And you might say “What about math, or science?” and to that I say look around, if you don’t see the math and science around you, you might be blind. These things are always present in life, just by living in this world I am learning about science, and just by living my day to day life I am learning math. Even if it’s unintentional, the learning never stops, and never will.
I remember being on an Andean farm, with a traditional Andean family, learning about growing their own sustainable food, about killing a guinea pig, praying to the mountains over it’s body, dissecting it, cleaning the organs, preparing the meat, making Chicha (traditional corn beer), measuring the ingredients, and so on. Now, you tell me that life is broken down into subjects.
Also, make sure to read :
The House Pointing to the Locked Bridge
Somewhere with in the vast lands of Yigg, on a silent river bank lay a house; a house uninhabited for many aeons, possibly since the dawn of time. This house was of an eery nature, the winds, when they did seldom come, got caught on the old crumbling tiles and whistled an unsettling tune. Yes, this house was one you would tell stories of to your children, and they to their children. This house was one of legends.
And on this same silent river bank, rests a bridge; a mysterious and forbidden bridge. At the foot of this bridge are grand gates, ones crafted from impeccable ironwood, and resting on these gates was a sole lock. This lock would not open by any means, prying it open was impossible, for this lock was unbreakable, as if enchanted by a great magician from ages past. Many have tried to get onto the bridge other ways, such as traversing the cold and frigid waters below, but a fog overcame them all, and they were never seen again. This fog was always present, this fog hides all that is beyond the impassable gates. This fog is the guardian to ancient, eldritch information, and in turn, this fog was the guardian to the human race.
No doubt something of unearthly nature lingers beyond these gates. Something that if revealed to the feeble human mind, would be the end of all thought. Genius would be replaced with dullness. Life would be replaced with death.
But humanity’s curiosity is a plague, an always growing problem, and the fog won’t be able to protect us forever. We will eventually un-earth the resting grove of new knowledge, we will eventually discover things we were never supposed to know. We will eventually discover the secrets of life, and of course, the secrets of death.
And that, is simply too much.
Footprints Across the Sky
They left footprints in their wake, as they often did whilst treading across the field of blue. The footprints were always the only evidence, no, I should say suggestion, of them and their existence. The suggestion of the Sky People has lingered in humanity since thought was possible, and many men sought after them fruitlessly, driven mad by their want of knowledge.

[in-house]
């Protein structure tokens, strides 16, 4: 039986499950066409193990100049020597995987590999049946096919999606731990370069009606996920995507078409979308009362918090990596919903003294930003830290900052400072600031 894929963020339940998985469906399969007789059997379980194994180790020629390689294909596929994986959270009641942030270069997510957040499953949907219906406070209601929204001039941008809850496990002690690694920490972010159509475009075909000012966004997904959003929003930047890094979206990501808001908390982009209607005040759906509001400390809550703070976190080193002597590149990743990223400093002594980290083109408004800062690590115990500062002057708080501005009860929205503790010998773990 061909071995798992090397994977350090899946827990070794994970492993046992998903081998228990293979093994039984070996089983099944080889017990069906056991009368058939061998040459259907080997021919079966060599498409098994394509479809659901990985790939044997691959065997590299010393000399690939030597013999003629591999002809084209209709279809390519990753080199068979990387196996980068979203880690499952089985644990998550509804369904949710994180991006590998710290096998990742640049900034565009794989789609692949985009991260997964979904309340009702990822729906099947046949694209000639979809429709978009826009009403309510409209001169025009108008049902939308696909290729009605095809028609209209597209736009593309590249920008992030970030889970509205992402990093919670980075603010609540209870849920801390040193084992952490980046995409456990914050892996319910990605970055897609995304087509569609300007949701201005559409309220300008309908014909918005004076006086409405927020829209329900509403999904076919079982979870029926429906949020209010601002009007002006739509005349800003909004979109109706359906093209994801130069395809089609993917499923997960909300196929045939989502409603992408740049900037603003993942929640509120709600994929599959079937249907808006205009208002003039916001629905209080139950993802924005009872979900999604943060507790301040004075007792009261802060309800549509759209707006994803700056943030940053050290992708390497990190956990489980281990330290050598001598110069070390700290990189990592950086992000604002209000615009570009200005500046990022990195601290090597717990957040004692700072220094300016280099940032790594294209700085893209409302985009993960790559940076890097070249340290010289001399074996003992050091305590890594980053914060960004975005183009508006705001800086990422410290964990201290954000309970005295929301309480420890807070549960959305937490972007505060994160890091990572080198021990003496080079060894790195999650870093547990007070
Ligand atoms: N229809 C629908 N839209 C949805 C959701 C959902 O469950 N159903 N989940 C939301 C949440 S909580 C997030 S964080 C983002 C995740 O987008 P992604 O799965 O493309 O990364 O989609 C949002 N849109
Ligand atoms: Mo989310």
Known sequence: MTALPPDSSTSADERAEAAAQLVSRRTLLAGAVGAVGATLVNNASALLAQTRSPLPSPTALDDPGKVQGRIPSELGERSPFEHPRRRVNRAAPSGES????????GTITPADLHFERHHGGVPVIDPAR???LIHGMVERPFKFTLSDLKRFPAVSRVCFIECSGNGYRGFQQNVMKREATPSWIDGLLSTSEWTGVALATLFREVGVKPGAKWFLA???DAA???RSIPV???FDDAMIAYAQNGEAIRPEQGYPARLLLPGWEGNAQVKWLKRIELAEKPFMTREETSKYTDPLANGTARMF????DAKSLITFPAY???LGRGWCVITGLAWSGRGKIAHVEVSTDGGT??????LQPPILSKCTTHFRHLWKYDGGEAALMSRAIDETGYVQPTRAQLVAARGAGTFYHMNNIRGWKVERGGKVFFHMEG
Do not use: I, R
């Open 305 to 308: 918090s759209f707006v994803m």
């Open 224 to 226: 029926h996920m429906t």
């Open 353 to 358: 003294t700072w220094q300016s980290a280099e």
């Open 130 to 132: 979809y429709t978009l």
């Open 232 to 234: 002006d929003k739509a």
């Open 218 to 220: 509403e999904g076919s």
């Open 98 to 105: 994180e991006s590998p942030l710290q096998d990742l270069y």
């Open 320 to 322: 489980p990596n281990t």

See, the Sky People are said to have been Earths guardians since it all began, eons ago, but their very concept is one the feeble human mind can’t fully comprehend. In fact, many have gone crazy in their pursuit of the mythical men, coming across knowledge opening a vista of new information; coming across knowledge too powerful for the mind to contain.
But hey, enlightenment comes with a price, right?
The topic of the Sky People alone has become a controversial one for this very reason, as more and more of us are shedding our primal fear of the unknown, breaking our already broken system. Less people are confined within the protocol of economy and religion and are discovering things which should not be known to man.
And religion, religion has always had conflict with the researchers of the sky, claiming that their research is blasphemous and sinful, and that it will anger Blehegg and a tenebrous void will befall us. Religious fanatics have destroyed countless research centers, and have even gone as far as murdering the scientists, in order to keep Blehegg content.
Here I sit, on the side of this grassy hill, watching the the footprints. There were many today; it might rain later on.
When the Clouds Met the Mountain
It was quiet; as it usually was, and it was overcast, a sight seen very often here in the far lands of Kog. The town was dead; everyone was hiding in some bunker or a crevice somewhere, we all knew what came next.
Tempest and Gaia were to fight soon. The clouds generated by Tempest angered Gaia, and Gaia’s large mass infuriated Tempest. This had happened many times, and the people of Kog knew the phenomenon well.
Quakes, tremors and landslides came from the west, and lightning, heavy rain and hurricanes came from the east. The two deities met in the settlement of Juncon, as they did every month; inadvertently raining destruction from the heavens, and the ground below.
And as the deities fought every month, so did the people; The people rebuilt and repaired as they needed. A single flaw in their structure could send them flying into the sky, or plunging into the depths of the earth.
The population of Juncon was dwindling. Every month, people would decide they’ve had enough, or simply succumb to their wounds. The life of a Junconian was a hard one. However the people of Kog knew what they were getting into when they built here, in fact, they welcomed it. This was the first step in taking back our freedom, breaking free from the tyranny imposed by the deities. We built a settlement in their playground, the valley of Pok, and it angered them greatly.
Quakes every few minutes, and an endless thunderstorm were the most common occurrence, however there was also interference from other deities. Incredible heat waves caused by Agni, yet minutes later, sub-zero temperatures as a by-product of Boreas’ fury. Ceres frowned upon us, and our crops died. There are too many to name.
Yet, despite the god’s punishment, we’re still here. However, Tempest and Gaia are the only ones still present. The others simply vanished; people stopped worshiping them, and without the power of the peoples prayers, they couldn’t survive.
Tempest and Gaia have certainly grown weaker. We’ve gotten through the hardest part, as their attacks won’t be as fierce as they were before. However it is concerning; without Tempest there is no wind, no rain, and without Gaia there is no nourishment in the ground, making plant life impossible. Life would not be possible without these two gods, so even though they are our enemies, our predator, we must pray to them.
It is because of us, and us alone that life is sustainable on this planet, the people of the far lands of Kog, the guardians of the Earth.